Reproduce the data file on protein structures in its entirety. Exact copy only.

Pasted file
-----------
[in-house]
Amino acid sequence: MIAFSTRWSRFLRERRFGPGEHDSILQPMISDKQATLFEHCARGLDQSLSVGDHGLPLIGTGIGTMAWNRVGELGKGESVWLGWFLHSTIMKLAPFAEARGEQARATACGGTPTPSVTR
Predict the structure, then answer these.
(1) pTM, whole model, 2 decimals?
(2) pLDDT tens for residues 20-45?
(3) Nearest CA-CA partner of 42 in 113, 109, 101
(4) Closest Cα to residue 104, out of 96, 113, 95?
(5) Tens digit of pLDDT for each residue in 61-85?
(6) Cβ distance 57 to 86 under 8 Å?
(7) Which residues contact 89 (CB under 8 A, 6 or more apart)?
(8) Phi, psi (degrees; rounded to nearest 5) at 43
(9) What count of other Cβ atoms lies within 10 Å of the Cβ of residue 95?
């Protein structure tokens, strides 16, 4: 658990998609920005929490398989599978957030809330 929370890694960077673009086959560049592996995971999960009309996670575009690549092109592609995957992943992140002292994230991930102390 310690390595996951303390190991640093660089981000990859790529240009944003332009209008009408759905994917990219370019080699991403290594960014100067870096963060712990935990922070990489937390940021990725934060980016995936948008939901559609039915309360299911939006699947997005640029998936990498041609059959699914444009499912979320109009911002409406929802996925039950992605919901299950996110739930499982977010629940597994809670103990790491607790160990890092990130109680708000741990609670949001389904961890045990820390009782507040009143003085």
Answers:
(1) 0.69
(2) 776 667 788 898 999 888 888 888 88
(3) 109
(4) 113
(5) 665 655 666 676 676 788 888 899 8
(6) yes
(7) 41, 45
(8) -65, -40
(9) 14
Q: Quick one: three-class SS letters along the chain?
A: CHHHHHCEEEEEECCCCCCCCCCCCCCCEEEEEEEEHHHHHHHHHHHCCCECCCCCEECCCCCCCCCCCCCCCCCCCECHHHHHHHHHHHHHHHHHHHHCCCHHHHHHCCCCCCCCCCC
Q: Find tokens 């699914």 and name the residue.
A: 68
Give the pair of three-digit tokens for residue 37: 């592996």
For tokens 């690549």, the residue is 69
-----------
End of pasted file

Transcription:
[in-house]
Amino acid sequence: MIAFSTRWSRFLRERRFGPGEHDSILQPMISDKQATLFEHCARGLDQSLSVGDHGLPLIGTGIGTMAWNRVGELGKGESVWLGWFLHSTIMKLAPFAEARGEQARATACGGTPTPSVTR
Predict the structure, then answer these.
(1) pTM, whole model, 2 decimals?
(2) pLDDT tens for residues 20-45?
(3) Nearest CA-CA partner of 42 in 113, 109, 101
(4) Closest Cα to residue 104, out of 96, 113, 95?
(5) Tens digit of pLDDT for each residue in 61-85?
(6) Cβ distance 57 to 86 under 8 Å?
(7) Which residues contact 89 (CB under 8 A, 6 or more apart)?
(8) Phi, psi (degrees; rounded to nearest 5) at 43
(9) What count of other Cβ atoms lies within 10 Å of the Cβ of residue 95?
């Protein structure tokens, strides 16, 4: 658990998609920005929490398989599978957030809330 929370890694960077673009086959560049592996995971999960009309996670575009690549092109592609995957992943992140002292994230991930102390 310690390595996951303390190991640093660089981000990859790529240009944003332009209008009408759905994917990219370019080699991403290594960014100067870096963060712990935990922070990489937390940021990725934060980016995936948008939901559609039915309360299911939006699947997005640029998936990498041609059959699914444009499912979320109009911002409406929802996925039950992605919901299950996110739930499982977010629940597994809670103990790491607790160990890092990130109680708000741990609670949001389904961890045990820390009782507040009143003085």
Answers:
(1) 0.69
(2) 776 667 788 898 999 888 888 888 88
(3) 109
(4) 113
(5) 665 655 666 676 676 788 888 899 8
(6) yes
(7) 41, 45
(8) -65, -40
(9) 14
Q: Quick one: three-class SS letters along the chain?
A: CHHHHHCEEEEEECCCCCCCCCCCCCCCEEEEEEEEHHHHHHHHHHHCCCECCCCCEECCCCCCCCCCCCCCCCCCCECHHHHHHHHHHHHHHHHHHHHCCCHHHHHHCCCCCCCCCCC
Q: Find tokens 């699914």 and name the residue.
A: 68
Give the pair of three-digit tokens for residue 37: 């592996």
For tokens 């690549």, the residue is 69